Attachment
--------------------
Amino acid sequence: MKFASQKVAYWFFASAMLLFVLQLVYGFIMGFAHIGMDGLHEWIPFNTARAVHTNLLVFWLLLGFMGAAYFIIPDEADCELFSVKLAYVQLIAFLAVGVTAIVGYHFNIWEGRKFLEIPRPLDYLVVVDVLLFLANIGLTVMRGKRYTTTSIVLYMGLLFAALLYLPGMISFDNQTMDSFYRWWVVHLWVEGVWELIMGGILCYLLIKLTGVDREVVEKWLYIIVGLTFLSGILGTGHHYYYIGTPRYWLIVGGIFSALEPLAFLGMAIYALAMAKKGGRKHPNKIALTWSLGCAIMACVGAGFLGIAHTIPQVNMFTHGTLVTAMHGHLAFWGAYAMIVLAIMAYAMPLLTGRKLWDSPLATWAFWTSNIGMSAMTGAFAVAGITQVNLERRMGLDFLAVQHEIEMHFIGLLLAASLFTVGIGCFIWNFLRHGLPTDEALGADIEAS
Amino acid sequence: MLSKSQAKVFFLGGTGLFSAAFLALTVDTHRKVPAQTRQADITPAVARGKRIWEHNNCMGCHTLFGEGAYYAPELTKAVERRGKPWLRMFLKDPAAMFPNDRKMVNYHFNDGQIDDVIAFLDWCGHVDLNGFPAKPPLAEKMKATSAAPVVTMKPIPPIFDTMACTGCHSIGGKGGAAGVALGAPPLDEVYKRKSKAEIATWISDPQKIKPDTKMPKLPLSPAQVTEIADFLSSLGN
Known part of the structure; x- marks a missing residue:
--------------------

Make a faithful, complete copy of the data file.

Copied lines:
Amino acid sequence: MKFASQKVAYWFFASAMLLFVLQLVYGFIMGFAHIGMDGLHEWIPFNTARAVHTNLLVFWLLLGFMGAAYFIIPDEADCELFSVKLAYVQLIAFLAVGVTAIVGYHFNIWEGRKFLEIPRPLDYLVVVDVLLFLANIGLTVMRGKRYTTTSIVLYMGLLFAALLYLPGMISFDNQTMDSFYRWWVVHLWVEGVWELIMGGILCYLLIKLTGVDREVVEKWLYIIVGLTFLSGILGTGHHYYYIGTPRYWLIVGGIFSALEPLAFLGMAIYALAMAKKGGRKHPNKIALTWSLGCAIMACVGAGFLGIAHTIPQVNMFTHGTLVTAMHGHLAFWGAYAMIVLAIMAYAMPLLTGRKLWDSPLATWAFWTSNIGMSAMTGAFAVAGITQVNLERRMGLDFLAVQHEIEMHFIGLLLAASLFTVGIGCFIWNFLRHGLPTDEALGADIEAS
Amino acid sequence: MLSKSQAKVFFLGGTGLFSAAFLALTVDTHRKVPAQTRQADITPAVARGKRIWEHNNCMGCHTLFGEGAYYAPELTKAVERRGKPWLRMFLKDPAAMFPNDRKMVNYHFNDGQIDDVIAFLDWCGHVDLNGFPAKPPLAEKMKATSAAPVVTMKPIPPIFDTMACTGCHSIGGKGGAAGVALGAPPLDEVYKRKSKAEIATWISDPQKIKPDTKMPKLPLSPAQVTEIADFLSSLGN
Known part of the structure; x- marks a missing residue: